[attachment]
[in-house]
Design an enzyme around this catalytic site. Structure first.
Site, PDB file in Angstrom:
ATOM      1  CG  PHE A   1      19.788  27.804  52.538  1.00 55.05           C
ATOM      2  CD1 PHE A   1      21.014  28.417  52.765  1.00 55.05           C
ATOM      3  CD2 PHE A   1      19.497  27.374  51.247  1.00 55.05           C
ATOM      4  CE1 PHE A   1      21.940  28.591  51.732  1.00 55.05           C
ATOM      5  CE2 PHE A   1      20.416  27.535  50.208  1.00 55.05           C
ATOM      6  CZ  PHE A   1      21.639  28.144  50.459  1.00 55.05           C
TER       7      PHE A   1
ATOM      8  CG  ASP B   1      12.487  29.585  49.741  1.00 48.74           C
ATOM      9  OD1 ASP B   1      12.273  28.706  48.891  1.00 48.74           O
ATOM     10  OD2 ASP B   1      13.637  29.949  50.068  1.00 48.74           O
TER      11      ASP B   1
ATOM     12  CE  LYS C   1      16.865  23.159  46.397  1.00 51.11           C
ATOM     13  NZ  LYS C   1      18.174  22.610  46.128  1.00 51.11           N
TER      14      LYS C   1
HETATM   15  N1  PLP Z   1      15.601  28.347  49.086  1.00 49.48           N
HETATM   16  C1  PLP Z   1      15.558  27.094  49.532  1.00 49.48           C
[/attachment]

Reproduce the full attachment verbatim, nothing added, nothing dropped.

[in-house]
Design an enzyme around this catalytic site. Structure first.
Site, PDB file in Angstrom:
ATOM      1  CG  PHE A   1      19.788  27.804  52.538  1.00 55.05           C
ATOM      2  CD1 PHE A   1      21.014  28.417  52.765  1.00 55.05           C
ATOM      3  CD2 PHE A   1      19.497  27.374  51.247  1.00 55.05           C
ATOM      4  CE1 PHE A   1      21.940  28.591  51.732  1.00 55.05           C
ATOM      5  CE2 PHE A   1      20.416  27.535  50.208  1.00 55.05           C
ATOM      6  CZ  PHE A   1      21.639  28.144  50.459  1.00 55.05           C
TER       7      PHE A   1
ATOM      8  CG  ASP B   1      12.487  29.585  49.741  1.00 48.74           C
ATOM      9  OD1 ASP B   1      12.273  28.706  48.891  1.00 48.74           O
ATOM     10  OD2 ASP B   1      13.637  29.949  50.068  1.00 48.74           O
TER      11      ASP B   1
ATOM     12  CE  LYS C   1      16.865  23.159  46.397  1.00 51.11           C
ATOM     13  NZ  LYS C   1      18.174  22.610  46.128  1.00 51.11           N
TER      14      LYS C   1
HETATM   15  N1  PLP Z   1      15.601  28.347  49.086  1.00 49.48           N
HETATM   16  C1  PLP Z   1      15.558  27.094  49.532  1.00 49.48           C